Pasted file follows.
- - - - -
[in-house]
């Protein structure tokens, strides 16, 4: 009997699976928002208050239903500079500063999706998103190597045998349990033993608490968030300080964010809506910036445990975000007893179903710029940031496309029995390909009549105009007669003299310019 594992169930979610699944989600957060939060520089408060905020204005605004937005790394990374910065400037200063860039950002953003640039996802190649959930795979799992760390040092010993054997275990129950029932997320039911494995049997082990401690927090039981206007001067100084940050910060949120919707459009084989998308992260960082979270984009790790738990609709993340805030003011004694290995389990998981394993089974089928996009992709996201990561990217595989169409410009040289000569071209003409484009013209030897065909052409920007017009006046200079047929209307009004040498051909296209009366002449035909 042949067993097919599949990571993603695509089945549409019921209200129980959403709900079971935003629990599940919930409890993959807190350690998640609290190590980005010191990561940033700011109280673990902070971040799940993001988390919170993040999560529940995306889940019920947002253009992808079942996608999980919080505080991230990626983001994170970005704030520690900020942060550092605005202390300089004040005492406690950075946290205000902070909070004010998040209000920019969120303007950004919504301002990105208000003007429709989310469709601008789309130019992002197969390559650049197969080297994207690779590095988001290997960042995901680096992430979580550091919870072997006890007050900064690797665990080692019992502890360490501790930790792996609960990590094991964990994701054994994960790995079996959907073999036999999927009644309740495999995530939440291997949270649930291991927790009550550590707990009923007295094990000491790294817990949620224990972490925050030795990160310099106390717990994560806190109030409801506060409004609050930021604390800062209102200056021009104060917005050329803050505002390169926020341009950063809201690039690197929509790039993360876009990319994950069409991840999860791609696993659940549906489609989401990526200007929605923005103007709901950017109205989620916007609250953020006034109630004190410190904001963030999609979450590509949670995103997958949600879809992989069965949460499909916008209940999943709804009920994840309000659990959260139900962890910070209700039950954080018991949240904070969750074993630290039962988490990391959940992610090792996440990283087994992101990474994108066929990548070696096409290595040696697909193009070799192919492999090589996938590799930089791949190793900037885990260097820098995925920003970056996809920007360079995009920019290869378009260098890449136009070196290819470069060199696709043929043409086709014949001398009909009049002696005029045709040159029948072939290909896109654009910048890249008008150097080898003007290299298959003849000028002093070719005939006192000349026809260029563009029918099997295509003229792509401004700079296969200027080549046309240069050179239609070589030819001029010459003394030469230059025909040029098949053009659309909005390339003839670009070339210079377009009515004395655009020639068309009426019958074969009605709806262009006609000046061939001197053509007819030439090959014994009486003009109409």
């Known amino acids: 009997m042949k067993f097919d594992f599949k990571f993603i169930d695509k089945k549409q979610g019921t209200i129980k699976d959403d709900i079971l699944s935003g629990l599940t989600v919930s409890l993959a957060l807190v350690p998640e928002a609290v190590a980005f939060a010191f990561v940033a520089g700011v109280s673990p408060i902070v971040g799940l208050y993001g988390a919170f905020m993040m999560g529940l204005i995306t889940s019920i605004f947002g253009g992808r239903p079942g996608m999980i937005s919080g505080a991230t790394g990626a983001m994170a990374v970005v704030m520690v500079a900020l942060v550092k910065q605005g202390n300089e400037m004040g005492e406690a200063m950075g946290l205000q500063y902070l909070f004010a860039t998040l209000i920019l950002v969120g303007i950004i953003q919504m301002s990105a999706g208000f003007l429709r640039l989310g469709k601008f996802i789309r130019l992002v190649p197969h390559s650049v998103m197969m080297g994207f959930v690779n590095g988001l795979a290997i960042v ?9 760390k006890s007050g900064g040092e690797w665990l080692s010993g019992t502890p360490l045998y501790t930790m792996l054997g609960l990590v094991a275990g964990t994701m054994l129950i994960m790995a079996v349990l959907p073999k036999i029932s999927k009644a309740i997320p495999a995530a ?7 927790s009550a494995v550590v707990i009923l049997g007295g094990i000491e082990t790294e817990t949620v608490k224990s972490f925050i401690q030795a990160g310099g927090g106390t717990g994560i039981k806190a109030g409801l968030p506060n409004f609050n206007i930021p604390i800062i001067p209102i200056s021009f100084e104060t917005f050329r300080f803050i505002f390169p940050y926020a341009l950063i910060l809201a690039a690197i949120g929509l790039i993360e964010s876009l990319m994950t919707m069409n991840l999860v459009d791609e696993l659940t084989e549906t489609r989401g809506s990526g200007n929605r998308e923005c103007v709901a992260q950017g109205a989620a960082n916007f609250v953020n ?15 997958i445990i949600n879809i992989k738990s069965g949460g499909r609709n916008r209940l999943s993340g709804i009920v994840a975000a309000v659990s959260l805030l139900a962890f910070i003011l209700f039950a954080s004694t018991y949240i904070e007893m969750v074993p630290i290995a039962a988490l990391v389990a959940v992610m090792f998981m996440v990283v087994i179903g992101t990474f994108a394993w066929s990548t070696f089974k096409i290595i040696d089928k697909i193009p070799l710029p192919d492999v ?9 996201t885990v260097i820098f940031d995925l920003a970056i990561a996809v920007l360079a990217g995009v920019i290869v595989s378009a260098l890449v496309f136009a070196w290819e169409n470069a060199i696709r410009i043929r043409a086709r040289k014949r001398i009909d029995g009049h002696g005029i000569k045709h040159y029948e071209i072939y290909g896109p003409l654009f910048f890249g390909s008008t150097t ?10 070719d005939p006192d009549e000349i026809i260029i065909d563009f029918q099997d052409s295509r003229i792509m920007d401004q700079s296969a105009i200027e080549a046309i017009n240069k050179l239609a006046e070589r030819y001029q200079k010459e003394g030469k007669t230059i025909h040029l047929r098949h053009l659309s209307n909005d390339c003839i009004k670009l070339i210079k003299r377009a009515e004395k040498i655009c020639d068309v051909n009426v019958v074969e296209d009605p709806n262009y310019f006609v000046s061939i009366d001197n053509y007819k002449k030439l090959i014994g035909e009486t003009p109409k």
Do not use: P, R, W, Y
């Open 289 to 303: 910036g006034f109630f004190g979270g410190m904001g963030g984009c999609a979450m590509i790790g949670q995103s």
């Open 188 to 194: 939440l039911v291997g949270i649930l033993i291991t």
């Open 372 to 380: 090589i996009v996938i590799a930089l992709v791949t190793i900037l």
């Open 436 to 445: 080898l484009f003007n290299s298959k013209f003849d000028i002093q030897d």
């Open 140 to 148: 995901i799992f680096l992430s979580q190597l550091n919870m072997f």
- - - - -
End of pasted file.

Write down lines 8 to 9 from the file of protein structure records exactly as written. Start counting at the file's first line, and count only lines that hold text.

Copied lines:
């Open 436 to 445: 080898l484009f003007n290299s298959k013209f003849d000028i002093q030897d």
């Open 140 to 148: 995901i799992f680096l992430s979580q190597l550091n919870m072997f």